James Wilson’s article, “How Divided are We?”, attempts to convince the reader that there is polarization (a culture war) in the United States. Wilson does not define polarization by partisan disagreements solely, rather as “an intense commitment to a candidate, a culture, or an ideology that sets people in one group definitively apart from people in another, rival group” (Canon 205). This polarization stretches to the extent that one group’s set of beliefs is totally correct and the rival is wholly wrong (Canon 206). Wilson provides three chief factors for the growth of polarization...
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... their positions and the positions and actions of the candidates they chose between”.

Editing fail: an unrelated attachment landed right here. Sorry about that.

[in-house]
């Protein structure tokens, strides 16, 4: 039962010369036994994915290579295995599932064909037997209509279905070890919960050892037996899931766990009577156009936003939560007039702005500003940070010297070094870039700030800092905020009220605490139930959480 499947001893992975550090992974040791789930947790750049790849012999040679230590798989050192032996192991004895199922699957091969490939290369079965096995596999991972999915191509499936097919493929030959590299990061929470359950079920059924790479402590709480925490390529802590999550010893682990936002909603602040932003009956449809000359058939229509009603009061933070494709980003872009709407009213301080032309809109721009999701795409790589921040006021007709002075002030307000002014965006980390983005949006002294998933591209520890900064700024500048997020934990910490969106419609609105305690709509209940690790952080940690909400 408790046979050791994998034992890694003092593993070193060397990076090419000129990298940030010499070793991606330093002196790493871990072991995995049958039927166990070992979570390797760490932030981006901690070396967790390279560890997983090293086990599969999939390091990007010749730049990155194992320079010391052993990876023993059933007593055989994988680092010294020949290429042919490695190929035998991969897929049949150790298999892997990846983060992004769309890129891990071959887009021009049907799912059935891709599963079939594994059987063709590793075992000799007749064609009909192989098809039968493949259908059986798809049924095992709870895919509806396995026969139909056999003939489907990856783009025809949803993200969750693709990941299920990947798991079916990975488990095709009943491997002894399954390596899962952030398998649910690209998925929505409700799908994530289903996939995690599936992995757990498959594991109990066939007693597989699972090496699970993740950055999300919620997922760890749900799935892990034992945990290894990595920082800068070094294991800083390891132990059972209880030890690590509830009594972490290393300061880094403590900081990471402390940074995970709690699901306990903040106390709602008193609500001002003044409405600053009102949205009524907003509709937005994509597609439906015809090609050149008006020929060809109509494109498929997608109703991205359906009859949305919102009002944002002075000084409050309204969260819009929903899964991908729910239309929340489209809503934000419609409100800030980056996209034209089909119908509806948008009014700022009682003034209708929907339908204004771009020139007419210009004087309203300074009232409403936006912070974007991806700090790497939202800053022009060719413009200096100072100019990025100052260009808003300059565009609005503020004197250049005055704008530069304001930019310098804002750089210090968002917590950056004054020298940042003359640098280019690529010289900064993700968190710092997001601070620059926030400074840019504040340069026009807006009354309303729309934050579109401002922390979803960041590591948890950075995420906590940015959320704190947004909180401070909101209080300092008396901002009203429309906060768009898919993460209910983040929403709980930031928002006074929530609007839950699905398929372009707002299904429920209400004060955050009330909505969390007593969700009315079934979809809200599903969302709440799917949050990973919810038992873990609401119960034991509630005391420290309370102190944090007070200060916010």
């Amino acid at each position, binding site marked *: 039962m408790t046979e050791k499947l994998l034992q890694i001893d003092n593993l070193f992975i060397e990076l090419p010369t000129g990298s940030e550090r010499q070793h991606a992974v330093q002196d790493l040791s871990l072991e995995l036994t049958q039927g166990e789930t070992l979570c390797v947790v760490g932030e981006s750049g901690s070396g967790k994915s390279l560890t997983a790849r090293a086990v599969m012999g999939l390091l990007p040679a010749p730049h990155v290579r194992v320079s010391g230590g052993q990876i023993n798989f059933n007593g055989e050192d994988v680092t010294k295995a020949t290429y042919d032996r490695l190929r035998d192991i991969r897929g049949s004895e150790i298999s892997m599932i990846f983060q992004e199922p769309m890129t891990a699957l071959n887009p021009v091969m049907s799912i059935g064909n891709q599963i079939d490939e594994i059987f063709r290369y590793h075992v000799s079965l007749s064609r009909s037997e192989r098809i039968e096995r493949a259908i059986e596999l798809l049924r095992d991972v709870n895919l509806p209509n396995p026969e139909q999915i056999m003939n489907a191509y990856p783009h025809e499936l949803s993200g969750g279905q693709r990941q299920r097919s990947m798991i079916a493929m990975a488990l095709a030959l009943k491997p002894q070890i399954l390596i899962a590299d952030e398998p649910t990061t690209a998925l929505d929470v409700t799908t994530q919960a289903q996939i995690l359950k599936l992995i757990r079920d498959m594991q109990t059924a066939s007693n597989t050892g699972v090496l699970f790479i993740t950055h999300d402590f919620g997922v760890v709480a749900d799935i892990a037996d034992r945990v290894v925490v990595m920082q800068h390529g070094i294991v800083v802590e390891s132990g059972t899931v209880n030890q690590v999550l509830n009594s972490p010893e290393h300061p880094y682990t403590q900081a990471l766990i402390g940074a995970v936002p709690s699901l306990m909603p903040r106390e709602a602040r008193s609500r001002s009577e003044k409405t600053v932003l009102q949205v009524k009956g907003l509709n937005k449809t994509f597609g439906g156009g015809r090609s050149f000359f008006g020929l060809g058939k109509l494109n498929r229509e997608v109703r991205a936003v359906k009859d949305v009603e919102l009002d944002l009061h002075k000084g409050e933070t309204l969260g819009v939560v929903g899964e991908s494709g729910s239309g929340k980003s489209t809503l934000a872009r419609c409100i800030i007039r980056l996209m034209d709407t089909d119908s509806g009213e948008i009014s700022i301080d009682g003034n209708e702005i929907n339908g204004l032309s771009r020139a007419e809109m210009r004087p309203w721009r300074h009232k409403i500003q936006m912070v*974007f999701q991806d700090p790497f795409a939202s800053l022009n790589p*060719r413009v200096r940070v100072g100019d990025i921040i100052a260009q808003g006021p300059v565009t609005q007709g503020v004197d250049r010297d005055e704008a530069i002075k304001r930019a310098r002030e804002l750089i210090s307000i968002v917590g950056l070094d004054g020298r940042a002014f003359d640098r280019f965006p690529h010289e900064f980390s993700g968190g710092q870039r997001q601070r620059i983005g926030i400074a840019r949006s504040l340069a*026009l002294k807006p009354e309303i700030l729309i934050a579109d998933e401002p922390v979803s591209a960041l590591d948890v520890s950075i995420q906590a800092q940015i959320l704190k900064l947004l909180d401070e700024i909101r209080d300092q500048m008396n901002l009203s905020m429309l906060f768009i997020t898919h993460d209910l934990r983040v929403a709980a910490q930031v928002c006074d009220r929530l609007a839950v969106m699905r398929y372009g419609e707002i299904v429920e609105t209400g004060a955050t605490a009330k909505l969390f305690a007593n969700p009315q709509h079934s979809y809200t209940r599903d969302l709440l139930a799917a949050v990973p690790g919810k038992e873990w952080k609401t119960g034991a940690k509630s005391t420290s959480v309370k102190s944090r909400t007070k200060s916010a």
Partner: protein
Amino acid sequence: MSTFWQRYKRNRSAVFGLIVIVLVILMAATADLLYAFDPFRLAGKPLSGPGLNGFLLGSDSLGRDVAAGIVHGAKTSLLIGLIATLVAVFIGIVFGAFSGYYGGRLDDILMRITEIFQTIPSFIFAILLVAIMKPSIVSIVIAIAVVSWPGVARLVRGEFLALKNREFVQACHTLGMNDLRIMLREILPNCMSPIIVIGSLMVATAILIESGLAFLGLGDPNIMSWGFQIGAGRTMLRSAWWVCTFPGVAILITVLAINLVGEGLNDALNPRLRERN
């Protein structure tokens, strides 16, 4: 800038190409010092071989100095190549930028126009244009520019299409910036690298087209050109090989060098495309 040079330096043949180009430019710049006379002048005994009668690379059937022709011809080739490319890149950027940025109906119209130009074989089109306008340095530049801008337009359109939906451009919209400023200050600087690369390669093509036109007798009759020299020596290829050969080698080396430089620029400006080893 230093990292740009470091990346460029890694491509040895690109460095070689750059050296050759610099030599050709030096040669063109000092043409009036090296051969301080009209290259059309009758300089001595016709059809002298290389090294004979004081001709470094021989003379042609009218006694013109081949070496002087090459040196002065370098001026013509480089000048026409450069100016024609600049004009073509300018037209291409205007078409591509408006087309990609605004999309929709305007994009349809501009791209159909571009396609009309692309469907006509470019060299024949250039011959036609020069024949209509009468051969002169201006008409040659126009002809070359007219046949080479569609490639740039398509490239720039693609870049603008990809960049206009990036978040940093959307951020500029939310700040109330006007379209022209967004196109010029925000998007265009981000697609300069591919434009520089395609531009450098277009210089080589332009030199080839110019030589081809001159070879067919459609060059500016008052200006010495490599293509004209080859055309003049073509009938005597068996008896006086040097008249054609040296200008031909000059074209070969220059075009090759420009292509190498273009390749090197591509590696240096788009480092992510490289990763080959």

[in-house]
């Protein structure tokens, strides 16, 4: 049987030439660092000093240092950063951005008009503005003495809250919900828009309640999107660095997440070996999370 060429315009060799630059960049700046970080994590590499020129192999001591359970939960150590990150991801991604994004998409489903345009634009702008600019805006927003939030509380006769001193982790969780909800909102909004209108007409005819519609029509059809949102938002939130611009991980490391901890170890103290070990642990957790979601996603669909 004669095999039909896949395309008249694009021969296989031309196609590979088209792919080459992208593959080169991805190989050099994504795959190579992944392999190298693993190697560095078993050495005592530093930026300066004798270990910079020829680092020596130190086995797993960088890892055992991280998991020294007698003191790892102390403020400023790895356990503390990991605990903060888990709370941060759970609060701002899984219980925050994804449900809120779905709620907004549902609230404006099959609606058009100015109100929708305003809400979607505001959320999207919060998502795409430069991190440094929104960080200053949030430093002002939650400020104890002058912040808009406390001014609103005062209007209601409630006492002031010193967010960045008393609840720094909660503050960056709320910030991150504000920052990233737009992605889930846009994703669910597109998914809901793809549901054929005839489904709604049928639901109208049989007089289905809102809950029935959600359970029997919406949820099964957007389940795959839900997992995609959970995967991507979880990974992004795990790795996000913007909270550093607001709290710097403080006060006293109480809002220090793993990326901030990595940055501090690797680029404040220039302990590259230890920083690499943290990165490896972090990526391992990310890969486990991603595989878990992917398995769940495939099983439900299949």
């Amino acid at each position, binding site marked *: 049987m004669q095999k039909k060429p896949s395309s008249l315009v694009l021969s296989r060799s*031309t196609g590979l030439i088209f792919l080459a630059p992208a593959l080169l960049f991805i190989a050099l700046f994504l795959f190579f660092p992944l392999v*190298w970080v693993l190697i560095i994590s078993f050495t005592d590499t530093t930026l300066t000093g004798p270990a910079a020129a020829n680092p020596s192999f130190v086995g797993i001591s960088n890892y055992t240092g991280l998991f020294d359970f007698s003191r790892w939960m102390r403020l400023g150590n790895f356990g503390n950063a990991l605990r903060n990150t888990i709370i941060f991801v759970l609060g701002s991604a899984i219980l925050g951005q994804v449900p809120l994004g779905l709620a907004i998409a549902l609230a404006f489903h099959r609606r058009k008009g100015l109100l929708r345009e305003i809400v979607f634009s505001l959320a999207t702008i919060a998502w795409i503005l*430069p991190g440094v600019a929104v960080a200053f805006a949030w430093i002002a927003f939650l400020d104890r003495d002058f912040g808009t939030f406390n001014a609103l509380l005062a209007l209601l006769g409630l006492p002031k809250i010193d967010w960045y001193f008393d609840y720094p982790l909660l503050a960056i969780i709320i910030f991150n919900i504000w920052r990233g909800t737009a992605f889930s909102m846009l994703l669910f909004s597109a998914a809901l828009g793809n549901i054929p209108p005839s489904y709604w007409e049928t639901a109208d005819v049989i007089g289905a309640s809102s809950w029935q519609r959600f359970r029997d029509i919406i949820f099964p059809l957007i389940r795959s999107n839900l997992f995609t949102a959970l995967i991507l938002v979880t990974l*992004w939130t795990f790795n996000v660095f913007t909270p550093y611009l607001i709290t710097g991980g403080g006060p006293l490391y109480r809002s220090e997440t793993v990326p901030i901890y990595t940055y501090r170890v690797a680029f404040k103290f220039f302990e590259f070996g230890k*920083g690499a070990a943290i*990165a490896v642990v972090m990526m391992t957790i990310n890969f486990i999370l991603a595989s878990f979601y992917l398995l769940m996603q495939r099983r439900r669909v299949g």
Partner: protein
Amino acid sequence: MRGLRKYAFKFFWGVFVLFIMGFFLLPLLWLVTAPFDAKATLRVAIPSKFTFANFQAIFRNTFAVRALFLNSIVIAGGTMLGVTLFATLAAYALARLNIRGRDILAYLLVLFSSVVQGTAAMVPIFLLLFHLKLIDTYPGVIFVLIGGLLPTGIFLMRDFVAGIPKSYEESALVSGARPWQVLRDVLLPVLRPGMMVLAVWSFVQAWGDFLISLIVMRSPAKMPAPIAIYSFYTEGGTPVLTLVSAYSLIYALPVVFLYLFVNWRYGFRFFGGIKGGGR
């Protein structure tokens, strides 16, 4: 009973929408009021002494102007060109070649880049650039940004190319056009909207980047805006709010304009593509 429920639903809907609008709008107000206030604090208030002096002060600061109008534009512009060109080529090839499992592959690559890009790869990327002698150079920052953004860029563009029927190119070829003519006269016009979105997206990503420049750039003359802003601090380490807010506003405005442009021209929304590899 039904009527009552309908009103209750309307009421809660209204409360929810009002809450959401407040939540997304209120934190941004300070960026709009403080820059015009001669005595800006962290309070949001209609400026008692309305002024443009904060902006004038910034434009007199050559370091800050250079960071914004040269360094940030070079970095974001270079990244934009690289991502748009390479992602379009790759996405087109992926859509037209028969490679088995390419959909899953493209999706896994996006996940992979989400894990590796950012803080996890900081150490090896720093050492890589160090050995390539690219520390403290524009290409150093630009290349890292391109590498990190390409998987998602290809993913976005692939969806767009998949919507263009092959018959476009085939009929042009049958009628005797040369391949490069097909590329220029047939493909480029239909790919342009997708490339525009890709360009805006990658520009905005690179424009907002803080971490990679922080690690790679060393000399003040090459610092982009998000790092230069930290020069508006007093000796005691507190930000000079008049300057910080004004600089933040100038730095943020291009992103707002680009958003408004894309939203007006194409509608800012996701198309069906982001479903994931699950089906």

With Fiorina’s strong stance that polarization is not very extensive, I do not think that he would agree with Wilson’s argument of polarization. The two arguments directly conflict one another. However, Fiorina may agree with Judis’ article. He may agree that many of the Tea Party members are very disconnected with the moderate view of the general public.
In conclusion, I believe that polarization exists in the United States. I agree with many of the points that Wilson brings up in his article, as states previously. The gap between liberals and conservatives is getting wider and wider, leaving nowhere for those with moderate views to be in the mix. Polarization is detrimental to our two party dominated republic, and it is difficult to determine what may fix our political system.
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